VOL. 41 | NO. 40 | Friday, October 6, 2017
Tax reform could have big impact on homeowners
Some details of the GOP tax reform proposal were released last week, and the National Association of Realtors is not happy.
The association tells its members that a group of legislators and administration leaders known as the “Big 6” released an outline “that, if enacted, could lead to a tax on home ownership for millions,” the release posted on the NAR website stated.
“We have always said that tax reform – a worthy endeavor – should first do no harm to homeowners,” NAR president William A. Brown stated. “The tax framework presented by the Big 6 missed that goal.”
The association’s position is the plan will have a negative effect on those owning homes and using standard deductions.
Only those whose income would place them among the top 5 percent of Americans would benefit from this plan, NAR officials say, and the reform would “all but nullify the incentive to purchase a home for most, putting home values across the country at risk.”
The new program would do away with the deduction for property taxes, as well as other deductions. The new proposal “recommends a backdoor elimination of the mortgage interest deduction for all but the top 5 percent who would still itemize deductions,” according to NAR.
A wealth management executive I spoke with noted there is no tax incentive to buy stocks, adding an individual cannot borrow $400,000 to buy stock and deduct the interest on that loan.
Nor can a person invest $100,000 in the stock market and sell those securities for $200,000, then roll that $100,000 profit into more stocks and not pay interest on the profit as property owners can with 1031 property exchanges.
The question is why should real estate get this special treatment? The answer seems to be “because it always has.”
Based on personal experience, many homeowners are unaware of the tax benefits when they first purchase a home, but are thrilled when the tax return is filed and they are receiving a big refund. The cash from the refunds will no longer drift into the market place.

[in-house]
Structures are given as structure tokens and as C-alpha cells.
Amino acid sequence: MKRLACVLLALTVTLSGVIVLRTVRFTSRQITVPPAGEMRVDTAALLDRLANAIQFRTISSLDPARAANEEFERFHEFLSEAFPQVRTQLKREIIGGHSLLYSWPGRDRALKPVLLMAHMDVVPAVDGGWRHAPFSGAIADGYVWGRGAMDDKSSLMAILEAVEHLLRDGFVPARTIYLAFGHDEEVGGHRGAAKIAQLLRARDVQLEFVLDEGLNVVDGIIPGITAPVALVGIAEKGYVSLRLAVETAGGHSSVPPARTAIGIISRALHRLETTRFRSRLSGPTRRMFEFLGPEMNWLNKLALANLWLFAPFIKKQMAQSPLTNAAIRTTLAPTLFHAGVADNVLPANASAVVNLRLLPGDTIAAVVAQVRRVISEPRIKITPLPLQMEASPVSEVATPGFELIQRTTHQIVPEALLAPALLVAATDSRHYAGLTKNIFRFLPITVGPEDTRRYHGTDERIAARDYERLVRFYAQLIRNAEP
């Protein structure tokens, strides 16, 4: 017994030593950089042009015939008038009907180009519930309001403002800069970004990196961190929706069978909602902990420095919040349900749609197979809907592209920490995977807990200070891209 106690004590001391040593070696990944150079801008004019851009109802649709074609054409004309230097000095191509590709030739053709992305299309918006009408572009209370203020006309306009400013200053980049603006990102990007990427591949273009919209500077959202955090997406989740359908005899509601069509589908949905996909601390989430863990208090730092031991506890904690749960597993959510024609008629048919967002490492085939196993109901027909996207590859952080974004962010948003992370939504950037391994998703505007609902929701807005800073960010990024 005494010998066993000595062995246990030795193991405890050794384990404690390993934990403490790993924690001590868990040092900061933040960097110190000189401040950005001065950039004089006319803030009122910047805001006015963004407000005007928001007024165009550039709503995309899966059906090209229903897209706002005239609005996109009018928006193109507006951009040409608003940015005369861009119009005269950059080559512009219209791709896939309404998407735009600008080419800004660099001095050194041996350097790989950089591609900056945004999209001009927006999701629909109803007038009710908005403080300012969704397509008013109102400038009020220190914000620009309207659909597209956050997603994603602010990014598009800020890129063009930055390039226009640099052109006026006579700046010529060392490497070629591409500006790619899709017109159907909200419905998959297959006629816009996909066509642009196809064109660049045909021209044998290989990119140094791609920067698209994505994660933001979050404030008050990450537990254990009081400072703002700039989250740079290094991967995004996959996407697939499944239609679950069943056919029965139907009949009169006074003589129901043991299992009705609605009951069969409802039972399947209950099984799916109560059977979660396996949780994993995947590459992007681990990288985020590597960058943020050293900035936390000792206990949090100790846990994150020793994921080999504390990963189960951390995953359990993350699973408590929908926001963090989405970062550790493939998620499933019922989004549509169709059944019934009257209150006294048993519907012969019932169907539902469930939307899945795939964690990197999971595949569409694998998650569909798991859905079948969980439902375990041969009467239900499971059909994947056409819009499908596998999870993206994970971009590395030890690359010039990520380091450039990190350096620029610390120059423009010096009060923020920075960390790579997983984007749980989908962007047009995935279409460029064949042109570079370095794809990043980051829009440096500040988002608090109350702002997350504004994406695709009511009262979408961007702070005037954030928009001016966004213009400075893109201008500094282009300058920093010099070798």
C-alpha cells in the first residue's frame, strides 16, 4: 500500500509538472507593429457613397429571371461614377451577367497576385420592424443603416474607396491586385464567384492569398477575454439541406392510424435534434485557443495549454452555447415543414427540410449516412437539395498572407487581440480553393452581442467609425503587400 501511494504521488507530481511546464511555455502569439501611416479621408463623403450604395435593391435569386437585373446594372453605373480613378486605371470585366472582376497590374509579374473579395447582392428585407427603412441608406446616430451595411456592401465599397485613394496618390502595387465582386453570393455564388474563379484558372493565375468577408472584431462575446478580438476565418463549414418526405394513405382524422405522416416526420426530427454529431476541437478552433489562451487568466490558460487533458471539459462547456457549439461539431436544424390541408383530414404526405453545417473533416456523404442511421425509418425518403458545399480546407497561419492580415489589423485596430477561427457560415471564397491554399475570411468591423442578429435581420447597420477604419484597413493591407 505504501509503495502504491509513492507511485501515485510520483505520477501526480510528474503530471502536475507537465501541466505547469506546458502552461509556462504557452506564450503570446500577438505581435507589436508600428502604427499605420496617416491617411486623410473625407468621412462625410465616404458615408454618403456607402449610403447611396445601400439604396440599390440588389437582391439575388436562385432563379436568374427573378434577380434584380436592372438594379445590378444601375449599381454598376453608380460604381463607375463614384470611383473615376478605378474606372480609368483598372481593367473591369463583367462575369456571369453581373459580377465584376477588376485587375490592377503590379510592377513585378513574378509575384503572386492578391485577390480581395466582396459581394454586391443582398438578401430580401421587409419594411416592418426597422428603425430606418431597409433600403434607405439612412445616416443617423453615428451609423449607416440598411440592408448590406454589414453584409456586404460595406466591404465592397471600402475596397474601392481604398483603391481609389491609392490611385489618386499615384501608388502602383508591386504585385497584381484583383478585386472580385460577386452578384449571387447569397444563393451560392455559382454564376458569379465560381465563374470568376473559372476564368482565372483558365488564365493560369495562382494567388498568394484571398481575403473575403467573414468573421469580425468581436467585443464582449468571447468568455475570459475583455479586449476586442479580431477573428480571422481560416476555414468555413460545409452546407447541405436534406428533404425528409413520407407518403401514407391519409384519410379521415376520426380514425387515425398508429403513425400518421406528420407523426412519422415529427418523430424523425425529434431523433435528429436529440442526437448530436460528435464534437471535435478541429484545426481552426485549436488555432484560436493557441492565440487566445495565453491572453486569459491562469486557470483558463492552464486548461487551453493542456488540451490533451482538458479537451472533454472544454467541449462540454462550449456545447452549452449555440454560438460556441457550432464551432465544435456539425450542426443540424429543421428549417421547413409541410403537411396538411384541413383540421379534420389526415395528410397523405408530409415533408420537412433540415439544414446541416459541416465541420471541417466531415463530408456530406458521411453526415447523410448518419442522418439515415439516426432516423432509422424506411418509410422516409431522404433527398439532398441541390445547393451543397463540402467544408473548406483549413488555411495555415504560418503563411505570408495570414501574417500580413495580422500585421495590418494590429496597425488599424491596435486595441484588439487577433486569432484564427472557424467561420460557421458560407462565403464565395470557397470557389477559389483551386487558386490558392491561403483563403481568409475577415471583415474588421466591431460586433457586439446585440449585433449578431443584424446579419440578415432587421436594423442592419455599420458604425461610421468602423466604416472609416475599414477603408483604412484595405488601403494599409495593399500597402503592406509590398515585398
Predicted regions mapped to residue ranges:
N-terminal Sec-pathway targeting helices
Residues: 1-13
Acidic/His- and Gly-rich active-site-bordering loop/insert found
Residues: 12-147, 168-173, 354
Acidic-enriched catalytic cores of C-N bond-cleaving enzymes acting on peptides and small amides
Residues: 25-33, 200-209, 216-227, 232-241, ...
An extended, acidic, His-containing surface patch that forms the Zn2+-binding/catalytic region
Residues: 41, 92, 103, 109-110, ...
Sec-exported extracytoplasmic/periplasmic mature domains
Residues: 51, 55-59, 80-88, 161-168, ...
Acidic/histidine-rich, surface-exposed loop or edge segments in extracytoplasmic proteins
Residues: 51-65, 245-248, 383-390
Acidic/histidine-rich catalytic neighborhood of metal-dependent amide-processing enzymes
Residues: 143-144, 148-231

While many hail the Tax Reform Act of 1986 as necessary and fair, it did throw the real estate market into a tailspin that required years to correct. It was well-intended and eliminated some questionable provisions, but the properties that were affected by those provisions could have been grandfathered and perhaps the collapse would not have occurred, a collapse that cost individuals billions of dollars.
NAR will, no doubt, seek a compromise to protect those who own houses and, of course, those who sell properties, a group also known as its membership.
Sale of the Week
Anyone interested in selling a home for $3,850,000 can follow the recipe created by the sale of the home at 4400 Franklin Road. The ingredients are important.
Start with a 3.23-acre lot on Franklin Road, then add 7,635 square feet of structure, preferably one inspired by the famed architect Frank Lloyd Wright.
It seems Paul Simon wrote a song about this Wright fellow, who must have been an aspiring singer. Paul Simon says the two of them harmonized till dawn occasionally, and Simon seemed to have enjoyed it, unlike many of his experiences with Art Garfunkel.
Simon also made a reference to architects the song, so Wright took a crack at that, as well. Simon wrote in “So Long Frank Lloyd Wright” that “architects may come and architects may go,” same as duet partners, I suppose.
This house was so special that it took a trio to list it, beginning with a somewhat-vocal duo of Lisa Fernandez-Wilson and Laura Putty Stroud, both of whom have significant ties to the music industry and architecture, just like Simon and Wright.
Stroud and Fernandez-Wilson said this is a Frank Lloyd Wright-inspired design. Tim King, the King of French-King Fine Properties, was the co-list. French must have been given the Garfunkel treatment on this one.
So, there you are on Franklin Road with your 3,23-acre lot and a 7,000-plus-square-foot home. You need to add a swimming pool with a pool house. Before adding the hardwood floors to the pool house, hand scrape the hardwoods.
In the master bedroom, install an OH MEI MA suspension lamp, no relation to Yoyo, but seasoned by Ingo Maurer. Drop in a Kohler Escalade tub and a dollop of teak over the custom floating vanities. Marinate the cabinets in Sapele and install in the kitchen and the bathrooms.
Preheat for $3,950,000 for 164 days and summon Carrie Zeier of RE/MAX to deliver the final ingredient – the buyer. Toss the property and the buyer and let both sides simmer until it closes.
Richard Courtney is a real estate broker with Christianson, Patterson, Courtney, and Associates and can be reached at email@example.com.